Volume 17 Number 5
Businesses Urged to Close the World's Poverty Gaps
01 October 2004

‘There is a palpable crisis of governance in many developing countries,’ said Prabhat Kumar, the Director of an independent Centre for Governance in India and former Governor of Jharkand State

India and China have achieved enviable rates of economic growth over the past two decades, said Prabhat Kumar, the Director of an independent Centre for Governance in India and former Governor of Jharkand State, but ‘there is a palpable crisis of governance in many developing countries’. Kumar served for three years as Cabinet Secretary to the Government of India and was addressing the 32nd annual Caux Conference for Business and Industry.

The ‘gap in good governance’ was a global challenge, at a time when over 1.2 billion people were surviving on an income of under a dollar a day. In some Indian states nine out of 100 babies died in infancy, because their parents were too poor to get to hospital, he said.

Kumar urged businesses and civil society to put into practice models for good governance. ‘Governance is too serious a matter to be left to governments,’ he said. The turnover of the world’s leading 200 multinational corporations was greater than the GDP of all developing countries. Yet none was coming up with the low-cost appropriate technology needed for water management, power systems, housing and transport for poor rural communities. ‘There is not a single technology developed by the multinationals for the villages of the poor countries,’ he believed.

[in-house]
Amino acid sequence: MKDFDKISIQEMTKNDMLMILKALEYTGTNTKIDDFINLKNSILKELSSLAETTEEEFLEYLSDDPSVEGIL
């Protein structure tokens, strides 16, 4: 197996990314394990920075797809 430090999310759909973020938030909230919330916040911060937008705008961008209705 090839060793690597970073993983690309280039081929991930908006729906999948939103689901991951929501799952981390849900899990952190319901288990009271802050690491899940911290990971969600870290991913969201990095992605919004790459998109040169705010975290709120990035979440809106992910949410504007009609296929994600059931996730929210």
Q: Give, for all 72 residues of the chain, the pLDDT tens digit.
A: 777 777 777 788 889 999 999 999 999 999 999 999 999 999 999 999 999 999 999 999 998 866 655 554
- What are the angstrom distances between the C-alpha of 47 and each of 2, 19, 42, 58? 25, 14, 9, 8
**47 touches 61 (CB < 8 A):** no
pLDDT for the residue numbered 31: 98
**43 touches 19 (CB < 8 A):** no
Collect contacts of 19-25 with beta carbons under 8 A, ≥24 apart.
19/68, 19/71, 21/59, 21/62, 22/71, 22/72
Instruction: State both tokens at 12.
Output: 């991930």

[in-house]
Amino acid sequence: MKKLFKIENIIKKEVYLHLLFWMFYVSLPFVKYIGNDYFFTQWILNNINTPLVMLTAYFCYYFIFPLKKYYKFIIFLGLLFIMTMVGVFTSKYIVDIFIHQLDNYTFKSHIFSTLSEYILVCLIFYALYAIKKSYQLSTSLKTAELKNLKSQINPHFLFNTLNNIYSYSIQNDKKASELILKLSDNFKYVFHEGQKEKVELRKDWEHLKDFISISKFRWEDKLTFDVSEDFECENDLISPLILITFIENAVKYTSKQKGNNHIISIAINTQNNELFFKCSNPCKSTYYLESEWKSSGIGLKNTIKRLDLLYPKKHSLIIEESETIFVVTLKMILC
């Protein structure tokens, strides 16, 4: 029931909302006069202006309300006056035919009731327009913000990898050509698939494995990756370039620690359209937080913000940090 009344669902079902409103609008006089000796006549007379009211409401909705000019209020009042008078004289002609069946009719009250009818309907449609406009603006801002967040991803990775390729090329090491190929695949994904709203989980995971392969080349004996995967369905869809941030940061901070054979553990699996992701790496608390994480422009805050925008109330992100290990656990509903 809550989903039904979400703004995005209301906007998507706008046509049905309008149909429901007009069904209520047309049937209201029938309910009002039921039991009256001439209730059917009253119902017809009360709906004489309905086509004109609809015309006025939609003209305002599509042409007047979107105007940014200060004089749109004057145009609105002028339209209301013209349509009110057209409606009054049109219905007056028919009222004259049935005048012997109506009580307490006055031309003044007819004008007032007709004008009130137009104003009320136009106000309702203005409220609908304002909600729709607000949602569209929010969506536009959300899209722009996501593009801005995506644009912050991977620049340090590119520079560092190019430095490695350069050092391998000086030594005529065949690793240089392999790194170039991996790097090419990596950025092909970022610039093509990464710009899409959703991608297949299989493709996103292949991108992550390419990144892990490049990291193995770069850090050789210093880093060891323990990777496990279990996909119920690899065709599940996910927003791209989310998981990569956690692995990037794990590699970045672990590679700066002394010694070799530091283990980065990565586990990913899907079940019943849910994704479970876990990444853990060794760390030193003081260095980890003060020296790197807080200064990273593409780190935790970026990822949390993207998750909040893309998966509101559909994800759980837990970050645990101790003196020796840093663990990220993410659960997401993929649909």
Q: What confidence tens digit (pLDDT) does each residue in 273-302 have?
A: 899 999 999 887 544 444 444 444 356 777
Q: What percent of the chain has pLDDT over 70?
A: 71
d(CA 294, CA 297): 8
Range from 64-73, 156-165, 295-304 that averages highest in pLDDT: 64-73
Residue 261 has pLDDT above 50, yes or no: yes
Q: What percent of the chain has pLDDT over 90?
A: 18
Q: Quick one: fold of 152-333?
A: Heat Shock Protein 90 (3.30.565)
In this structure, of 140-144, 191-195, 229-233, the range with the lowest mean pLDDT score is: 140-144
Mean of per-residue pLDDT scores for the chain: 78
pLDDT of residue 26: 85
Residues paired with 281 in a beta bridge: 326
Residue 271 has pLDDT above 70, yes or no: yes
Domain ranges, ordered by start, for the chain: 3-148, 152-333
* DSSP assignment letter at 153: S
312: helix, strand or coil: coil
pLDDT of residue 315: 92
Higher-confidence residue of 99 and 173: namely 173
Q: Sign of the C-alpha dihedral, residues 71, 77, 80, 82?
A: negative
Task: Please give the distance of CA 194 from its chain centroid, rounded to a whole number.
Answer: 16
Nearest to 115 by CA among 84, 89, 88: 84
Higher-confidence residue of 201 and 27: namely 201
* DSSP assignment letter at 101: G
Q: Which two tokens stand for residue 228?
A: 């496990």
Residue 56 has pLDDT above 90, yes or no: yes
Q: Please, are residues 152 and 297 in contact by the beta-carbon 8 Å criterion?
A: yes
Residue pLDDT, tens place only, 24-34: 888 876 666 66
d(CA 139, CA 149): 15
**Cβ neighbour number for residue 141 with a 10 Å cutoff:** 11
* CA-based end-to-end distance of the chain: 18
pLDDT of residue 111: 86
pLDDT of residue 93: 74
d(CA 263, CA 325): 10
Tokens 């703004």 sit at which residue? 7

The Centre for Governance, which was launched by Initiatives of Change last year, was working with an Indian institute of management to research ways of ‘closing the development divide’ between states within India, Kumar said. ‘We shall consider our mission accomplished if we can make a small dent in the better governance of India.’

British Member of Parliament Tony Colman welcomed the recent commitment by Britain’s Chancellor of the Exchequer to work towards an aid budget of 0.7 per cent of GDP. But it was also vital that poor countries were enabled to trade equitably, he said.

Prior to his political career, Colman had launched retail businesses in East and West Africa before becoming a board member of the Burton retail group in the UK, where he founded the TopShop chain of fashion shops.

Business had a role in closing the gap between rich and poor, he said. The businesses which would make a difference in this field would be ‘sustainable, equitable, which bring together labour and management, and which look to the long term’. Legislation could help encourage these qualities. Bribery, for instance, is now an offence for British citizens anywhere in the world, thanks to his 2002 Private Member’s Bill on the subject. And the all-party committee on socially responsible investment, which he chairs, has forced pension funds to account for the social, environmental and ethical basis of their investments.

Gabriel Minder, founder of two IT consultancies in Geneva, has launched a series of initiatives in the developing world. One has provided 250,000 people with low-cost wheelchairs. Another is enabling 120,000 to receive cataract surgery.